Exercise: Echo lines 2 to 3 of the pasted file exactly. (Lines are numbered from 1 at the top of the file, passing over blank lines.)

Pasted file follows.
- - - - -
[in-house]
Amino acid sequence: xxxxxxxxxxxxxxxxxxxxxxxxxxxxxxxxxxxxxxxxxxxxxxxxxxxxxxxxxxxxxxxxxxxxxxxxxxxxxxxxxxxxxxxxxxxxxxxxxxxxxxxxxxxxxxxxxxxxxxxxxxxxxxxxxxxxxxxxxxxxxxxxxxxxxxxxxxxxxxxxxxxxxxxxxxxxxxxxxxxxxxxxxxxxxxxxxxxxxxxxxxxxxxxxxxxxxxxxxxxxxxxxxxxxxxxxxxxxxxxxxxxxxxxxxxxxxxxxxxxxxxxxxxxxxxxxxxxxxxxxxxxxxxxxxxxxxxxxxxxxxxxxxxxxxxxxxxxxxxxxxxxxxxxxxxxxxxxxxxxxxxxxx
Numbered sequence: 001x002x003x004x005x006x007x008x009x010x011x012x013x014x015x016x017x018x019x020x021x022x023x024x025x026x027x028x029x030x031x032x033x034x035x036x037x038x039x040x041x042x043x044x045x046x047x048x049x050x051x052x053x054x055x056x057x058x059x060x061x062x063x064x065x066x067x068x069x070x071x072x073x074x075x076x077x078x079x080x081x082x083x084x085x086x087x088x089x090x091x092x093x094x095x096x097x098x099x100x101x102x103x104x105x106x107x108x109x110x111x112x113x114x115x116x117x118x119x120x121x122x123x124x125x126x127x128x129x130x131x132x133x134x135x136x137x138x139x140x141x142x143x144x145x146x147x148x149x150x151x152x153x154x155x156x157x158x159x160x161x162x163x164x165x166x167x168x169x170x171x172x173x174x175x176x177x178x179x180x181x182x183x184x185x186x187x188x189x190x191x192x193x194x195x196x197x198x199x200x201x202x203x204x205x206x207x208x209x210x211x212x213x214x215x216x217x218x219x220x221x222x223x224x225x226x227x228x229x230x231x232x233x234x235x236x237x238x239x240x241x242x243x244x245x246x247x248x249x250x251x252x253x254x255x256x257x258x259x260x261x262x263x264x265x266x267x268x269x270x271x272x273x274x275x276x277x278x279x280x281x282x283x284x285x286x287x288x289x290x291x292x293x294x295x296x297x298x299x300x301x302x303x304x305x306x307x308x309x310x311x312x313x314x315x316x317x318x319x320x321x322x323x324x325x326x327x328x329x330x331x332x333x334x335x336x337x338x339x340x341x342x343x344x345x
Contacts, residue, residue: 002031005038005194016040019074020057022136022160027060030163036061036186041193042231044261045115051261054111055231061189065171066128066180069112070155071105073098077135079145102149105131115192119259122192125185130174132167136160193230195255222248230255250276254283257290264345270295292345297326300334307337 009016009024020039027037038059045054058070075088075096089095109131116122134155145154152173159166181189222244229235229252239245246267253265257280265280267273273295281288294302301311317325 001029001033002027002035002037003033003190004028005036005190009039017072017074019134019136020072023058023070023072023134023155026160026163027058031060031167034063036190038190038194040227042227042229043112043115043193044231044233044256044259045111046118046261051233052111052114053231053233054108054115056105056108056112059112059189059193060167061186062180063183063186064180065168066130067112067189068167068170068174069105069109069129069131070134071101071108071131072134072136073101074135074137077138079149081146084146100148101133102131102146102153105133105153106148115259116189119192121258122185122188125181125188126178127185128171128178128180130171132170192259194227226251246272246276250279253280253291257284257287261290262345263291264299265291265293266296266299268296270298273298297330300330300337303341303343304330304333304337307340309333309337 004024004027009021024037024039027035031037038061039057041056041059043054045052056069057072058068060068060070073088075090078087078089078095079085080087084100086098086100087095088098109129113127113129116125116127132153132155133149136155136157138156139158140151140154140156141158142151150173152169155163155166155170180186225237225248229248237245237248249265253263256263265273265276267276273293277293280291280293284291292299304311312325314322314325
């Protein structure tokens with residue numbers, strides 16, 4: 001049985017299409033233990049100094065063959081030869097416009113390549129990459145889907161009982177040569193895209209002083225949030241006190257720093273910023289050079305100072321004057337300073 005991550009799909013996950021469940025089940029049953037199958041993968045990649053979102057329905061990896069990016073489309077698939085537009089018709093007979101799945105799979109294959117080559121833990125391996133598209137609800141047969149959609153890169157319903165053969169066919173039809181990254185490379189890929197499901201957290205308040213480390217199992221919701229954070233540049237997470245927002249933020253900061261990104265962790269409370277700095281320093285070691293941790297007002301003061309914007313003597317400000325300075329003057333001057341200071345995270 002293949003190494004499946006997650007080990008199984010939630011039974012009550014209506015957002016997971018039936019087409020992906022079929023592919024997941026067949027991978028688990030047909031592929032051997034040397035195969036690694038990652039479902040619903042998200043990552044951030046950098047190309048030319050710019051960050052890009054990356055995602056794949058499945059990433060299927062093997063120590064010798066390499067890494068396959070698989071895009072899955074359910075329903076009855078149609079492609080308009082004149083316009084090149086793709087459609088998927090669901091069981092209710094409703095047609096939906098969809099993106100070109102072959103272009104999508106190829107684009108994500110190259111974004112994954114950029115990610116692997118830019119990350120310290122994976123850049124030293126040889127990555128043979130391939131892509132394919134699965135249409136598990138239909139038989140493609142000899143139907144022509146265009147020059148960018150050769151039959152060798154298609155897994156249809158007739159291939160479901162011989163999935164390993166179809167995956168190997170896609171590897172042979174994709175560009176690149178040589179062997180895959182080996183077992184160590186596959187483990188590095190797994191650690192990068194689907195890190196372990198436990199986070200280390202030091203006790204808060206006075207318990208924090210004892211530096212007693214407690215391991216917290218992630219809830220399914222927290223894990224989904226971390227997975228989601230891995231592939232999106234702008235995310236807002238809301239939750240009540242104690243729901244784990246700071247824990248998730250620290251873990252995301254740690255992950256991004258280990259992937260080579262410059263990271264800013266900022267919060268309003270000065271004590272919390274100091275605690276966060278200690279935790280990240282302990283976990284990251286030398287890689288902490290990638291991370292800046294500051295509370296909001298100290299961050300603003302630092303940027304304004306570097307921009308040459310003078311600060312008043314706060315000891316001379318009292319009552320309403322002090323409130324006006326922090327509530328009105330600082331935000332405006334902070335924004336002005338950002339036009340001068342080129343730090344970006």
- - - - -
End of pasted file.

Amino acid sequence: xxxxxxxxxxxxxxxxxxxxxxxxxxxxxxxxxxxxxxxxxxxxxxxxxxxxxxxxxxxxxxxxxxxxxxxxxxxxxxxxxxxxxxxxxxxxxxxxxxxxxxxxxxxxxxxxxxxxxxxxxxxxxxxxxxxxxxxxxxxxxxxxxxxxxxxxxxxxxxxxxxxxxxxxxxxxxxxxxxxxxxxxxxxxxxxxxxxxxxxxxxxxxxxxxxxxxxxxxxxxxxxxxxxxxxxxxxxxxxxxxxxxxxxxxxxxxxxxxxxxxxxxxxxxxxxxxxxxxxxxxxxxxxxxxxxxxxxxxxxxxxxxxxxxxxxxxxxxxxxxxxxxxxxxxxxxxxxxxxxxxxxxx
Numbered sequence: 001x002x003x004x005x006x007x008x009x010x011x012x013x014x015x016x017x018x019x020x021x022x023x024x025x026x027x028x029x030x031x032x033x034x035x036x037x038x039x040x041x042x043x044x045x046x047x048x049x050x051x052x053x054x055x056x057x058x059x060x061x062x063x064x065x066x067x068x069x070x071x072x073x074x075x076x077x078x079x080x081x082x083x084x085x086x087x088x089x090x091x092x093x094x095x096x097x098x099x100x101x102x103x104x105x106x107x108x109x110x111x112x113x114x115x116x117x118x119x120x121x122x123x124x125x126x127x128x129x130x131x132x133x134x135x136x137x138x139x140x141x142x143x144x145x146x147x148x149x150x151x152x153x154x155x156x157x158x159x160x161x162x163x164x165x166x167x168x169x170x171x172x173x174x175x176x177x178x179x180x181x182x183x184x185x186x187x188x189x190x191x192x193x194x195x196x197x198x199x200x201x202x203x204x205x206x207x208x209x210x211x212x213x214x215x216x217x218x219x220x221x222x223x224x225x226x227x228x229x230x231x232x233x234x235x236x237x238x239x240x241x242x243x244x245x246x247x248x249x250x251x252x253x254x255x256x257x258x259x260x261x262x263x264x265x266x267x268x269x270x271x272x273x274x275x276x277x278x279x280x281x282x283x284x285x286x287x288x289x290x291x292x293x294x295x296x297x298x299x300x301x302x303x304x305x306x307x308x309x310x311x312x313x314x315x316x317x318x319x320x321x322x323x324x325x326x327x328x329x330x331x332x333x334x335x336x337x338x339x340x341x342x343x344x345x